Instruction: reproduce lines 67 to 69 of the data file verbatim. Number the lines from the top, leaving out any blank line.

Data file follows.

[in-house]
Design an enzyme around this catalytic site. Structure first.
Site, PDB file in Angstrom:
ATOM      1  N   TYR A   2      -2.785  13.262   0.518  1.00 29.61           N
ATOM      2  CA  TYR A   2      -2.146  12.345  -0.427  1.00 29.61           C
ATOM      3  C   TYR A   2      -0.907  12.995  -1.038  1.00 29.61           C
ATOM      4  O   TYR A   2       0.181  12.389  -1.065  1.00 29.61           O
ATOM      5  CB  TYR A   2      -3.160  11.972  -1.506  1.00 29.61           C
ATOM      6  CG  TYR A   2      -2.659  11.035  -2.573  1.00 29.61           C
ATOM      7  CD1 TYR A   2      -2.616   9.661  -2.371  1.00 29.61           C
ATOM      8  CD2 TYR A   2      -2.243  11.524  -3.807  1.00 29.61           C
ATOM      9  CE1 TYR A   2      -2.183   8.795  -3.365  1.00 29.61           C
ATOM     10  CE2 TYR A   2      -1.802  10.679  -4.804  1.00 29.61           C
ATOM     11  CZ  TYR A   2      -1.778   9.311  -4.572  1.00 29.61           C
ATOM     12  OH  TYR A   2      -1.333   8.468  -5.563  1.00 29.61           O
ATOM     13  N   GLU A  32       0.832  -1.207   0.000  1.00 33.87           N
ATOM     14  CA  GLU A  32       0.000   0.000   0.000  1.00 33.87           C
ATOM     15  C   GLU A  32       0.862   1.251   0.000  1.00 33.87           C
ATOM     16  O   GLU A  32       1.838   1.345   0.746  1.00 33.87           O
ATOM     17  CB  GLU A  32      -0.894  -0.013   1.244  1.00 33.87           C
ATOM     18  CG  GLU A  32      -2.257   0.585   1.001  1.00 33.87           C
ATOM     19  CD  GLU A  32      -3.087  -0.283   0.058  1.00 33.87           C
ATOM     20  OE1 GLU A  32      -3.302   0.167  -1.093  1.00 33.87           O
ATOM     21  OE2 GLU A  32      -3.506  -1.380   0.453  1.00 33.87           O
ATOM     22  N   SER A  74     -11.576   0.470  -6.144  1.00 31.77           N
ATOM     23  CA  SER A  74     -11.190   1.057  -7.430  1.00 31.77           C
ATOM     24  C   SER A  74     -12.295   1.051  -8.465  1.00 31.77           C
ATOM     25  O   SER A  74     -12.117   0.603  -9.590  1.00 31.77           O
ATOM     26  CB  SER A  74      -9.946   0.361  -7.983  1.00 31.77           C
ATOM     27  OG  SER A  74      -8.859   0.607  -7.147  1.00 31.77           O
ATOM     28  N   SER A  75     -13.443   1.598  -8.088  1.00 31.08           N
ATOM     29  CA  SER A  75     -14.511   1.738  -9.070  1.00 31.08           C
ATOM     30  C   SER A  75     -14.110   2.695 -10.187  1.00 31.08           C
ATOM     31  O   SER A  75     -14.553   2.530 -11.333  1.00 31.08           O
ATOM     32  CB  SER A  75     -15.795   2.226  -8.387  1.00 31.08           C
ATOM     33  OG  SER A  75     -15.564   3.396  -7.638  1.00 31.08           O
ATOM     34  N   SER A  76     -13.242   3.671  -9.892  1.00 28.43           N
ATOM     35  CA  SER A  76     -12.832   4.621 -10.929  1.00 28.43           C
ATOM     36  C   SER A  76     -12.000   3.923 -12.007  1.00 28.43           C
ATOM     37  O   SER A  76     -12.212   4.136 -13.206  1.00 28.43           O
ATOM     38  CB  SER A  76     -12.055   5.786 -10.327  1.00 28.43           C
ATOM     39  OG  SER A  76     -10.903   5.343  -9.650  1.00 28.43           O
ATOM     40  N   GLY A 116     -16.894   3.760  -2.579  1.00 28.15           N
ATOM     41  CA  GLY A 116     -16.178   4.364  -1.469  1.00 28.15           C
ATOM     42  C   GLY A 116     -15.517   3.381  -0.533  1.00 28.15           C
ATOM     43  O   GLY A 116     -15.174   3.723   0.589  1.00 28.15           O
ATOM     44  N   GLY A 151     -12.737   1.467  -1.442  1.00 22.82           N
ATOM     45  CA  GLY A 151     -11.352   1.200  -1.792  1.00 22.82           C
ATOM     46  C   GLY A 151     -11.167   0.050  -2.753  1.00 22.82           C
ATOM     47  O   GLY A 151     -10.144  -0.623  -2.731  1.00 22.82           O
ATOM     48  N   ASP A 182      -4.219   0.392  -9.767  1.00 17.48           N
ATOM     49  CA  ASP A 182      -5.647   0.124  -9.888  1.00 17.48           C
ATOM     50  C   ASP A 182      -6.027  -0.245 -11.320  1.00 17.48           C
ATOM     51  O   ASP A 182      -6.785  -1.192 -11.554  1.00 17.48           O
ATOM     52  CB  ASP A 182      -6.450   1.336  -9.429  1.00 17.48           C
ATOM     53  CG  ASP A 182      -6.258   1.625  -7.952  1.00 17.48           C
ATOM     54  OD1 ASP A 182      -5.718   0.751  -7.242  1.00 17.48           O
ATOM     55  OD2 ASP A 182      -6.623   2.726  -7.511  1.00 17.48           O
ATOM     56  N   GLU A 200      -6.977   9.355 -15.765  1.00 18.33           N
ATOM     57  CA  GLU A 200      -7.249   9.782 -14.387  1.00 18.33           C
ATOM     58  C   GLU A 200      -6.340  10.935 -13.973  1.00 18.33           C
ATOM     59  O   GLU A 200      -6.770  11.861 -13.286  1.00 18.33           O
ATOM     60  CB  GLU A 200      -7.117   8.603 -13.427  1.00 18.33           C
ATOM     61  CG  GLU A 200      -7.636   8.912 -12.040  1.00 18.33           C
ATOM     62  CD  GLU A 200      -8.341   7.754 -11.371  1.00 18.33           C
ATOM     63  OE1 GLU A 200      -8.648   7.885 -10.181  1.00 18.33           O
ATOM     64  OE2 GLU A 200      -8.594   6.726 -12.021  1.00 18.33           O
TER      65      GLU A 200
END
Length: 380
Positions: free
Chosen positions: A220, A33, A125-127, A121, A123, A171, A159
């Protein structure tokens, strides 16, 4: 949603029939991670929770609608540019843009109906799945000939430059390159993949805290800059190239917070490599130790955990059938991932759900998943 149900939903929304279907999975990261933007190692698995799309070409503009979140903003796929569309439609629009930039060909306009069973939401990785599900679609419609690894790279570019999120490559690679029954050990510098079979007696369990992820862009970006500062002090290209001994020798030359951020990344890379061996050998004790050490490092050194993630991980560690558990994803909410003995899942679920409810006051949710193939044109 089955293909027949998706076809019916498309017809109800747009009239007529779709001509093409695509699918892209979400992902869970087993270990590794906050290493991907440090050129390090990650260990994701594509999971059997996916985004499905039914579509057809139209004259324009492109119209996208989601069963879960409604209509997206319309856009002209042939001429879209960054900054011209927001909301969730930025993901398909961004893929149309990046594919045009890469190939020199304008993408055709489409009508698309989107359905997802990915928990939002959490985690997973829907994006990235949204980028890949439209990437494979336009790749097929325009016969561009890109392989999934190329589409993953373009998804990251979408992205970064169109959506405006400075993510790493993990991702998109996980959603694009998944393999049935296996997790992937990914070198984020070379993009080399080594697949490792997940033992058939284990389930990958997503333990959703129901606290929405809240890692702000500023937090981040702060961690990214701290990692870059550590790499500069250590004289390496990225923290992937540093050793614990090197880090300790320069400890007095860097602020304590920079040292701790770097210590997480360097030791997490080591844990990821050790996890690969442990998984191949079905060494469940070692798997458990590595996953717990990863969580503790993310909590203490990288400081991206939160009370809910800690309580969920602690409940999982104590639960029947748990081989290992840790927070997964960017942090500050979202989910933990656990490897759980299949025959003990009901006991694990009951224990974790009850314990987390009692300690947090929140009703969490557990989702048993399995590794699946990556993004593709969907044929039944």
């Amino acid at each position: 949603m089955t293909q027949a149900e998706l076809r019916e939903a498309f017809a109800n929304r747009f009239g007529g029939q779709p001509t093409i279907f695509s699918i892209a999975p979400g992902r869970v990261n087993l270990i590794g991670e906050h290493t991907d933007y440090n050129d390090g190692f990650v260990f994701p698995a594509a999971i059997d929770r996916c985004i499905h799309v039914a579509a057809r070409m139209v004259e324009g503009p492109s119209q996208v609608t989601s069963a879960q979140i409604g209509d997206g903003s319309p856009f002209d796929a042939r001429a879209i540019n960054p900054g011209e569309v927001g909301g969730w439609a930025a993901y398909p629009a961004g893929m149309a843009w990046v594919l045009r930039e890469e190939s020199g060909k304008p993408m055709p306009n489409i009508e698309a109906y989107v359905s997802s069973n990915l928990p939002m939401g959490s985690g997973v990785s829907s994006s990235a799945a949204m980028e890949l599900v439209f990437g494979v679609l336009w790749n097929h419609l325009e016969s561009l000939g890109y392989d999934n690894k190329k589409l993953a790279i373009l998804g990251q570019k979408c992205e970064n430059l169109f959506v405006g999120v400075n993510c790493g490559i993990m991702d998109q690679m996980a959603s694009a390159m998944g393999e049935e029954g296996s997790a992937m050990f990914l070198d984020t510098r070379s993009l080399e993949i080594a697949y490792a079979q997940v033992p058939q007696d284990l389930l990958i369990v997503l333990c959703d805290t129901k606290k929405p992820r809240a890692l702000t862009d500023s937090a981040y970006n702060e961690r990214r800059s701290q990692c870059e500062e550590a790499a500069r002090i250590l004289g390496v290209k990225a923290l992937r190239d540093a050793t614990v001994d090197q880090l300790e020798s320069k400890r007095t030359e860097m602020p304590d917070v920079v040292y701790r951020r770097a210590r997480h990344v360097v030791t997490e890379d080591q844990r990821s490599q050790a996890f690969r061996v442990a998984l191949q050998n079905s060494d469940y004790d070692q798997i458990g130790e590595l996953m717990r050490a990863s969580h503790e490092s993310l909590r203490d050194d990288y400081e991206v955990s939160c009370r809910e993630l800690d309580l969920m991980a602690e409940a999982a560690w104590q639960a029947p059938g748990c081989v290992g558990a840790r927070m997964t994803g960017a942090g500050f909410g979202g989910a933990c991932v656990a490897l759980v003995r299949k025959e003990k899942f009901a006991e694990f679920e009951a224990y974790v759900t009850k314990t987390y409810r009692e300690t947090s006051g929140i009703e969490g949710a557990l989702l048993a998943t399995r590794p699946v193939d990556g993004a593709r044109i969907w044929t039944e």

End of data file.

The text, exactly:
ATOM     64  OE2 GLU A 200      -8.594   6.726 -12.021  1.00 18.33           O
TER      65      GLU A 200
END